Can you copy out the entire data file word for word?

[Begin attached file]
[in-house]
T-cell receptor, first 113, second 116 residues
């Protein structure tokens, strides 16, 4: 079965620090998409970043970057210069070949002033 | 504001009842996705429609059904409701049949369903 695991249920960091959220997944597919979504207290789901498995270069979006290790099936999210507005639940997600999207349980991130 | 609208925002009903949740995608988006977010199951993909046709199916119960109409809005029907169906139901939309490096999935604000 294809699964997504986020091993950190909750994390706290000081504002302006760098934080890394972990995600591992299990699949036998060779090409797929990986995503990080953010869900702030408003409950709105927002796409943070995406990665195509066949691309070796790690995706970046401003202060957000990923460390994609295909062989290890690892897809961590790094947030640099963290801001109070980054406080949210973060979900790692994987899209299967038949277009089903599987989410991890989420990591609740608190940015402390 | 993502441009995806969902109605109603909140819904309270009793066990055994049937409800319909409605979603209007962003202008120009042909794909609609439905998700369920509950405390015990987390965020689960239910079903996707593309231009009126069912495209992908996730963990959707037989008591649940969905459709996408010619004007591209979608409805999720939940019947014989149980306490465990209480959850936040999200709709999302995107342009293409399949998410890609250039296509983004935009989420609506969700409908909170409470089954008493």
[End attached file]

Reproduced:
[in-house]
T-cell receptor, first 113, second 116 residues
């Protein structure tokens, strides 16, 4: 079965620090998409970043970057210069070949002033 | 504001009842996705429609059904409701049949369903 695991249920960091959220997944597919979504207290789901498995270069979006290790099936999210507005639940997600999207349980991130 | 609208925002009903949740995608988006977010199951993909046709199916119960109409809005029907169906139901939309490096999935604000 294809699964997504986020091993950190909750994390706290000081504002302006760098934080890394972990995600591992299990699949036998060779090409797929990986995503990080953010869900702030408003409950709105927002796409943070995406990665195509066949691309070796790690995706970046401003202060957000990923460390994609295909062989290890690892897809961590790094947030640099963290801001109070980054406080949210973060979900790692994987899209299967038949277009089903599987989410991890989420990591609740608190940015402390 | 993502441009995806969902109605109603909140819904309270009793066990055994049937409800319909409605979603209007962003202008120009042909794909609609439905998700369920509950405390015990987390965020689960239910079903996707593309231009009126069912495209992908996730963990959707037989008591649940969905459709996408010619004007591209979608409805999720939940019947014989149980306490465990209480959850936040999200709709999302995107342009293409399949998410890609250039296509983004935009989420609506969700409908909170409470089954008493």